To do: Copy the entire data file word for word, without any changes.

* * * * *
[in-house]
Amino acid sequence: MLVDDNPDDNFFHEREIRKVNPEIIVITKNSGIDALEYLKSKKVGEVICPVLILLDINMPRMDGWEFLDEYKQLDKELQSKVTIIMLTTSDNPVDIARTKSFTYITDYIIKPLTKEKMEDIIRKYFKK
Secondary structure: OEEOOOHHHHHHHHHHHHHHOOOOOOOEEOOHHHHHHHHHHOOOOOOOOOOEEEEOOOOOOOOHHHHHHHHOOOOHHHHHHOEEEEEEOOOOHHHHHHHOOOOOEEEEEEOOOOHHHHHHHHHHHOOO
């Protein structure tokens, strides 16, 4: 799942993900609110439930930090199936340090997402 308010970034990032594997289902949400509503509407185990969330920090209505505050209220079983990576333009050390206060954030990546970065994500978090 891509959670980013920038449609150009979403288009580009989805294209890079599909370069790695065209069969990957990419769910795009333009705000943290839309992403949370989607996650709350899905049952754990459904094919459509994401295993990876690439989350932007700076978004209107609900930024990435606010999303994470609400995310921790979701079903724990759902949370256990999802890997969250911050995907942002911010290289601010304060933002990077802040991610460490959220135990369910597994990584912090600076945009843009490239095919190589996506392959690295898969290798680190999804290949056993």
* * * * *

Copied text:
[in-house]
Amino acid sequence: MLVDDNPDDNFFHEREIRKVNPEIIVITKNSGIDALEYLKSKKVGEVICPVLILLDINMPRMDGWEFLDEYKQLDKELQSKVTIIMLTTSDNPVDIARTKSFTYITDYIIKPLTKEKMEDIIRKYFKK
Secondary structure: OEEOOOHHHHHHHHHHHHHHOOOOOOOEEOOHHHHHHHHHHOOOOOOOOOOEEEEOOOOOOOOHHHHHHHHOOOOHHHHHHOEEEEEEOOOOHHHHHHHOOOOOEEEEEEOOOOHHHHHHHHHHHOOO
């Protein structure tokens, strides 16, 4: 799942993900609110439930930090199936340090997402 308010970034990032594997289902949400509503509407185990969330920090209505505050209220079983990576333009050390206060954030990546970065994500978090 891509959670980013920038449609150009979403288009580009989805294209890079599909370069790695065209069969990957990419769910795009333009705000943290839309992403949370989607996650709350899905049952754990459904094919459509994401295993990876690439989350932007700076978004209107609900930024990435606010999303994470609400995310921790979701079903724990759902949370256990999802890997969250911050995907942002911010290289601010304060933002990077802040991610460490959220135990369910597994990584912090600076945009843009490239095919190589996506392959690295898969290798680190999804290949056993």